There is also another type of bacteria that has been, and continues to be, present in many dog foods. It is formed as a direct result of the spoiling, or putrefaction, of meats. All of this is further evidence of the lack of acceptable standards that continue to remain within the pet food industry.
A First Step
Despite the history of contamination issues and the widespread problems that they have caused to pets, it wasn’t until recently that official steps were taken to address these issues.
These steps, while they may benefit the animal population, were not taken after the horrible disease and deaths that were caused by the 2007 intentional contamination with melamine and cyanuric acid. They were only enacted after the increasing presence of Salmonella was being found in pet foods and only after it was causing illness in people.
In late 2013, for the first time, the FDA proposed a new rule that was aimed at keeping animals and people safe. The Food Safety Modernization Act (FSMA) aims to require pet food manufacturers to design procedures to prevent food borne illness. This was the first time it was proposed that pet food manufacturing facilities implement policies to address basic issues, such as sanitation. The effect has been more pet food recalls, but almost all of them for Salmonella.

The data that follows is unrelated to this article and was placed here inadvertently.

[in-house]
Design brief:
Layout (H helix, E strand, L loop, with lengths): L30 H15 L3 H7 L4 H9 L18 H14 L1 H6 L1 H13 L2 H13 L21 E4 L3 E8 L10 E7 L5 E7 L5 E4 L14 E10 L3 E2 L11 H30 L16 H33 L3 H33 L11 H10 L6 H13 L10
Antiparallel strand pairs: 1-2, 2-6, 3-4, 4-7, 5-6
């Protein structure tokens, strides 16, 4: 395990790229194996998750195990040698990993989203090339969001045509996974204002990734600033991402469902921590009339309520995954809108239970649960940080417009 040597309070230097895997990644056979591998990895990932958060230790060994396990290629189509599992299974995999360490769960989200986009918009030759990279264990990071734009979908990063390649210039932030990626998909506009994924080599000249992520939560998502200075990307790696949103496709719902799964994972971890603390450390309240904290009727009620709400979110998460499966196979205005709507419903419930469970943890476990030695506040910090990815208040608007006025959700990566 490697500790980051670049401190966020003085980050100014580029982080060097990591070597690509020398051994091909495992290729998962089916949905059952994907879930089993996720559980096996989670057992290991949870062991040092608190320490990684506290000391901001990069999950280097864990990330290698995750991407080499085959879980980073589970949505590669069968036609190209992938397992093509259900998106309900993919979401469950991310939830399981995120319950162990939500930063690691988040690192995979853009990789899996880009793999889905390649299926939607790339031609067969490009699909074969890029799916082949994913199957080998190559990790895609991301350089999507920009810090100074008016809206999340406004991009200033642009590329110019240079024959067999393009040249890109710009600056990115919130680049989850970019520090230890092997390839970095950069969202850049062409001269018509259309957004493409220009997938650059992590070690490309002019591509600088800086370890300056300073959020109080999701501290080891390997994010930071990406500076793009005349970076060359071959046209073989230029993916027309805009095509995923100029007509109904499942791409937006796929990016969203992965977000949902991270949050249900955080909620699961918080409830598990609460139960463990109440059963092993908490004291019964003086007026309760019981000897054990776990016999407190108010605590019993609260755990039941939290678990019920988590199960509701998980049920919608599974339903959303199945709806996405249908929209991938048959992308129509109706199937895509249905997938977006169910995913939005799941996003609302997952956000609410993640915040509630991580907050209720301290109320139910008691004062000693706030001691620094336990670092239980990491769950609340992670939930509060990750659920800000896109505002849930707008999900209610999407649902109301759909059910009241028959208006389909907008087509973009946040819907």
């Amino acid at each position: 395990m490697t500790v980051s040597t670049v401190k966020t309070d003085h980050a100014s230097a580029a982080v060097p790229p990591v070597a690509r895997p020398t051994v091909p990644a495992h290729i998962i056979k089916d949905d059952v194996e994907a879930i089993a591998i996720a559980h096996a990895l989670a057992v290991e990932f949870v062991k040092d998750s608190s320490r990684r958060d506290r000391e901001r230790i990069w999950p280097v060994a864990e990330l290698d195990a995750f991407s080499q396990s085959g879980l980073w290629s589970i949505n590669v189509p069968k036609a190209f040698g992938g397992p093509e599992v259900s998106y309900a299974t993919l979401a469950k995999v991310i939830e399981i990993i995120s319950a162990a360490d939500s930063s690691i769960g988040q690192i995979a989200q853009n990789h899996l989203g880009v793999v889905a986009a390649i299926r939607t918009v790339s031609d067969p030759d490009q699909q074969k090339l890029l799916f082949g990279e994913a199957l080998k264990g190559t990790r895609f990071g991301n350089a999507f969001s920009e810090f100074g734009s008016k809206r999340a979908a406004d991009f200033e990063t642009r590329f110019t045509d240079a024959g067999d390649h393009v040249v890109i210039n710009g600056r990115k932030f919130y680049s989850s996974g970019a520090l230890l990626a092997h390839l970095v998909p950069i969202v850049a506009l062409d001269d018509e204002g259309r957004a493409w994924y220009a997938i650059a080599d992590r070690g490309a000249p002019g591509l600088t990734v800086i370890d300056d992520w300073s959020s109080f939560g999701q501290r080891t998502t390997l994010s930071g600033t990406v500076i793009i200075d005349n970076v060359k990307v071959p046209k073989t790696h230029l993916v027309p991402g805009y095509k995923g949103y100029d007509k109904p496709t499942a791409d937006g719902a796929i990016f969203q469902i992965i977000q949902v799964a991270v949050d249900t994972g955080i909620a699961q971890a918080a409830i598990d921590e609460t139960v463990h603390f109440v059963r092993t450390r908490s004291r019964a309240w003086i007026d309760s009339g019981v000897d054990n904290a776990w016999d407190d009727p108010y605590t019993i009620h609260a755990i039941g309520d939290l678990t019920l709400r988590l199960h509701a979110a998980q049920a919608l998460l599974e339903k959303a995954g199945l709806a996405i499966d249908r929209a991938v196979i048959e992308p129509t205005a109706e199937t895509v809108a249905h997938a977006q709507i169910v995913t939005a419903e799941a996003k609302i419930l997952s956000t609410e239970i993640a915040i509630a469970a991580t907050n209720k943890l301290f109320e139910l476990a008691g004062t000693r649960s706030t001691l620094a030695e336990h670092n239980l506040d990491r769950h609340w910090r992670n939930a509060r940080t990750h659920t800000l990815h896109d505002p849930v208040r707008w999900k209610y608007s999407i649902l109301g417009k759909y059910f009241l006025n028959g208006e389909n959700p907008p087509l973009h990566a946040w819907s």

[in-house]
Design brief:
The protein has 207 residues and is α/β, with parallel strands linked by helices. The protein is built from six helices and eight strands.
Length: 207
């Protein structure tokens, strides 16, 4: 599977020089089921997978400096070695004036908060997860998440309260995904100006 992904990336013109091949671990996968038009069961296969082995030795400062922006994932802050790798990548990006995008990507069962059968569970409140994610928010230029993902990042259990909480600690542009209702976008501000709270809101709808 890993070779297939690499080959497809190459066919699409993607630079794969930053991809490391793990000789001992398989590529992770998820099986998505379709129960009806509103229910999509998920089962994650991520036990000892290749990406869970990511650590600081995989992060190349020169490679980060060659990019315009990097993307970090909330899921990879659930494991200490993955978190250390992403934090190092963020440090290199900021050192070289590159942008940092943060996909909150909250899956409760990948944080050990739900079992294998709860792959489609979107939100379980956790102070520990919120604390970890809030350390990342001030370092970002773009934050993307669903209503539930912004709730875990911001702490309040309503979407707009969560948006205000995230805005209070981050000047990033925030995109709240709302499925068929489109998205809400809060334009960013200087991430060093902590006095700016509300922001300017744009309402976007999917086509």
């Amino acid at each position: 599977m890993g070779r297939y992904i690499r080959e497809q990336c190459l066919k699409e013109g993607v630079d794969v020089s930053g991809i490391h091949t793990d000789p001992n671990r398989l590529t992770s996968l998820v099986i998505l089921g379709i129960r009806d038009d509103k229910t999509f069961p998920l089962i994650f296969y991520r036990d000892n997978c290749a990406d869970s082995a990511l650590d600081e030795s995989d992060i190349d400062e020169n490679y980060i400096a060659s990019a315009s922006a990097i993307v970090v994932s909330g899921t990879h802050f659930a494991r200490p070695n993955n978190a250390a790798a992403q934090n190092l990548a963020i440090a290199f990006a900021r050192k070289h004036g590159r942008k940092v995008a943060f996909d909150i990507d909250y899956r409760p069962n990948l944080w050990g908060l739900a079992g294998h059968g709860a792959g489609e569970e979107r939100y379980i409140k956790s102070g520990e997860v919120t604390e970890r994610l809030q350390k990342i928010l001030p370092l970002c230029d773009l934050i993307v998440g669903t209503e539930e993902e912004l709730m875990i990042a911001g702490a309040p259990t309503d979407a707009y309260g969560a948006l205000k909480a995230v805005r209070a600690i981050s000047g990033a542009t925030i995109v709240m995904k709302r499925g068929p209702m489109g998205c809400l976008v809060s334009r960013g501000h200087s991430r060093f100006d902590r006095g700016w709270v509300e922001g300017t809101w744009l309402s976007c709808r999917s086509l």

Dissatisfied Customers
In the U.S. alone, pet food is a more than $20 billion industry and pet food consumers pay around $1 billion in taxes on the sale of pet food each year. Some pet food consumers don’t feel that they are getting their money’s worth. With all of the continuing problems with contamination, they have not been satisfied by either the government agency, their enforcement of the new act, or with the results.
The laws are in place to protect both pets and people, but they are not being enforced to the extent that they are preventing many of the contamination issues. This lack of action along with a rapidly declining trust in the pet food industry and the agencies designated to regulate it, has led consumers to take action themselves.
Consumers Take Action
Early in 2015, the results of two separate studies were released, one conducted in Italy and the other in the United States. Both were independently funded by consumers.